4 Ways the Mayor Can Reduce Congestion Without Congestion Pricing

In his "State of the City" speech on Monday, Mayor de Blasio said he'd soon release a plan to address growing congestion in the city. Photo: NYC Mayor's Office
In his "State of the City" speech on Monday, Mayor de Blasio said he'd soon release a plan to address growing congestion in the city. Photo: NYC Mayor's Office

Speaking at an event in Brooklyn yesterday, Mayor de Blasio said his forthcoming congestion plan, which he teased last month on WNYC and again in his “State of the City” speech on Monday, won’t include tolling East River bridges, AM New York reports.

De Blasio said he understands “the intellectual rationale” for congestion pricing, which stalled in the Assembly in 2008, but that he’s “always had concerns.” (He voted against it as a City Council member then later as public advocate said he was “open” to bridge tolls.)

The political reality is that Move New York toll reform, the traffic pricing plan that’s accumulated several sponsors in Albany, hinges on support from Governor Andrew Cuomo more than de Blasio.

But de Blasio has plenty of other options at his disposal to reduce traffic congestion. Here are four policies that would provide much-needed traffic relief on NYC streets. They may not pack the same punch as Move NY, but they are within the mayor’s power to enact. It’s difficult to imagine any City Hall-led traffic reduction initiative that doesn’t include some of these ideas.

1. Charge smarter prices for curbside parking

In neighborhood commercial districts, drivers cruising for open parking spaces account for a large share of traffic. Because on-street parking is so cheap, it’s worth motorists’ time to circle around looking for an open spot instead of paying the premium to park in a garage.

The PARK Smart program, which DOT launched in Greenwich Village in 2008 but has expanded to only a handful of neighborhoods since then, addresses the problem by charging dynamic rates for curbside parking that increase when demand is highest. The program has proven successful at reducing the amount of time drivers occupy a given parking space.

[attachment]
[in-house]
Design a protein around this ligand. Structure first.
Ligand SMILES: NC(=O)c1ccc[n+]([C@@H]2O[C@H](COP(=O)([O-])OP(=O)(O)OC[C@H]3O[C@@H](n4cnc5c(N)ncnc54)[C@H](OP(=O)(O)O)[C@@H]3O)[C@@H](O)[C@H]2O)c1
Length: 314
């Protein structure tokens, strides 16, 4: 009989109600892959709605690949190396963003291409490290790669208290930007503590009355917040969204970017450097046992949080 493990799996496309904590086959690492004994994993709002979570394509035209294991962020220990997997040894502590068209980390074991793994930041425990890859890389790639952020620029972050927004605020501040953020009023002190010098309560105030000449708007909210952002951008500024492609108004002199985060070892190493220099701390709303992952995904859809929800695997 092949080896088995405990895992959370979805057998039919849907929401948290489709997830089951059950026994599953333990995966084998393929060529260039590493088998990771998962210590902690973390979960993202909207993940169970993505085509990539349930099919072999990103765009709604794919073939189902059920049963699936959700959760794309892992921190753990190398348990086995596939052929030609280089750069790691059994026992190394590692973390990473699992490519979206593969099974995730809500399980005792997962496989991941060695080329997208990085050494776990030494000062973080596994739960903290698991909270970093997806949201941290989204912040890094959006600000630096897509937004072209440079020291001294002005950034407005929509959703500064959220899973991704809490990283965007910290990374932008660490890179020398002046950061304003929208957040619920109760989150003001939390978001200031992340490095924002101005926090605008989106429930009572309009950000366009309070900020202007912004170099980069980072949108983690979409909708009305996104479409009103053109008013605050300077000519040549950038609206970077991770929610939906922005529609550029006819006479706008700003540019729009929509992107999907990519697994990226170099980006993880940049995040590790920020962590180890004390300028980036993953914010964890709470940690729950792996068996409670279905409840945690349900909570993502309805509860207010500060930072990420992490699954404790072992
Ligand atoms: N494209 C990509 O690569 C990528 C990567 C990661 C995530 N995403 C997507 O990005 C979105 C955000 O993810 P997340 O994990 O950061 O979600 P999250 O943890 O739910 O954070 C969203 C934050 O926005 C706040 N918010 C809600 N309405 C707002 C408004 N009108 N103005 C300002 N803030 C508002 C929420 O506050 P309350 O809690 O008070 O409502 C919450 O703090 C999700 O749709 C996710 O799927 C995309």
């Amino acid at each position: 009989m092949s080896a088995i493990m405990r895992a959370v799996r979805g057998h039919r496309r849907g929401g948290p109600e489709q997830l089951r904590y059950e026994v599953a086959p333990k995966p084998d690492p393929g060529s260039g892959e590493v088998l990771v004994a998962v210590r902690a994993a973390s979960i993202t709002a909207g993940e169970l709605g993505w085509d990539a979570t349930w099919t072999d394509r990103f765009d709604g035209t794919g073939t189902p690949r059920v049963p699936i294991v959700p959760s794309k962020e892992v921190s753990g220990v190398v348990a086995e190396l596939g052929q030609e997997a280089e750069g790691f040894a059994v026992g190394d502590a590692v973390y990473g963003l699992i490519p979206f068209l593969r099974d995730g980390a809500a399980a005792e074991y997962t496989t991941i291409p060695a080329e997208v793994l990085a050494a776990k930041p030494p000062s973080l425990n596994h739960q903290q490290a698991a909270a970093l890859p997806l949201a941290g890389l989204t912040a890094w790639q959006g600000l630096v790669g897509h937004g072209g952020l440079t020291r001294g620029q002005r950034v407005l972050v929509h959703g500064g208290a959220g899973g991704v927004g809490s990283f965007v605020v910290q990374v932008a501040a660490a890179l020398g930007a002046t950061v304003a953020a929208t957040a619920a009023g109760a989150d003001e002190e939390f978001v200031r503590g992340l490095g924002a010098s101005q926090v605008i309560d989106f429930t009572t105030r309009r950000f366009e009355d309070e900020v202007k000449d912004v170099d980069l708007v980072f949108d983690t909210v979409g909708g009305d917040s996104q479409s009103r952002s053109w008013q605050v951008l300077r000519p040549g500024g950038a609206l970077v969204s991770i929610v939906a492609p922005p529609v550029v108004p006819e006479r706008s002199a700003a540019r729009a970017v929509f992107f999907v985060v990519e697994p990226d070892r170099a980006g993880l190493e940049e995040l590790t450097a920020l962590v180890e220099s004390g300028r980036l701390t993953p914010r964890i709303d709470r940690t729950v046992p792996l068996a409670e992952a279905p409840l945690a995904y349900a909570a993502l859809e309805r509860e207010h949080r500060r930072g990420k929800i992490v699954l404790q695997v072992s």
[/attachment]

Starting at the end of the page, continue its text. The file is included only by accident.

Last January, DOT promised “a more comprehensive management plan for the metered parking environment,” but that plan has yet to materialize. The recent introduction of ParkNYC, the city’s new mobile parking meter app, is a hopeful sign: In announcing the new technology, DOT Commissioner Polly Trottenberg said it “opens the door” for smarting parking policy, and that the city is now “technology-enabled to move forward with [dynamic pricing].”

2. Parking placard reform

The city’s 100,000-plus parking placards are a big contributor to congestion, and the unknown number of bogus placards used by people exploiting the system don’t help either. Just walk around public buildings in Lower Manhattan to see how many government employees (and impostors) use their placards to drive and park illegally with impunity. A 2006 study by Bruce Schaller concluded that these parking perks induce tens of thousands of car trips each day into the most transit-rich, congestion-choked parts of the city.

NYPD officials have not shown any interest in placard reform, and any push from City Hall is certain to pit the mayor against the city’s municipal unions, as it did during the Bloomberg administration. Nevertheless, placard reform remains one of the most powerful tools to address congestion at the mayor’s disposal.

3. HOV restrictions on East River bridges

In 2001, after the September 11th attacks, the Giuliani administration banned single-occupancy vehicles from crossing bridges and tunnels into Manhattan south of 63rd Street between 6 a.m. and 11 a.m, which resulted in a 23 percent decrease in traffic during the morning peak. On October 17, the city shortened the restriction by one hour, to 6 a.m. to 10 a.m., which resulted in a 15 percent decrease from before the attacks.

While rush-hour HOV restrictions are a blunt instrument compared to toll reform, the impact could still be significant, reducing the amount of cars coming into Midtown and Lower Manhattan at the times when the street grid needs the most relief.

Typically, the city has only enacted HOV restrictions in the central city during extraordinary situations like a transit strike or the aftermath of Superstorm Sandy. But like those events, the looming L train shutdown will create enormous strain on the transportation system, and HOV restrictions will make a lot of sense as part of the plan to keep New Yorkers moving.

4. Prioritize bus service on city streets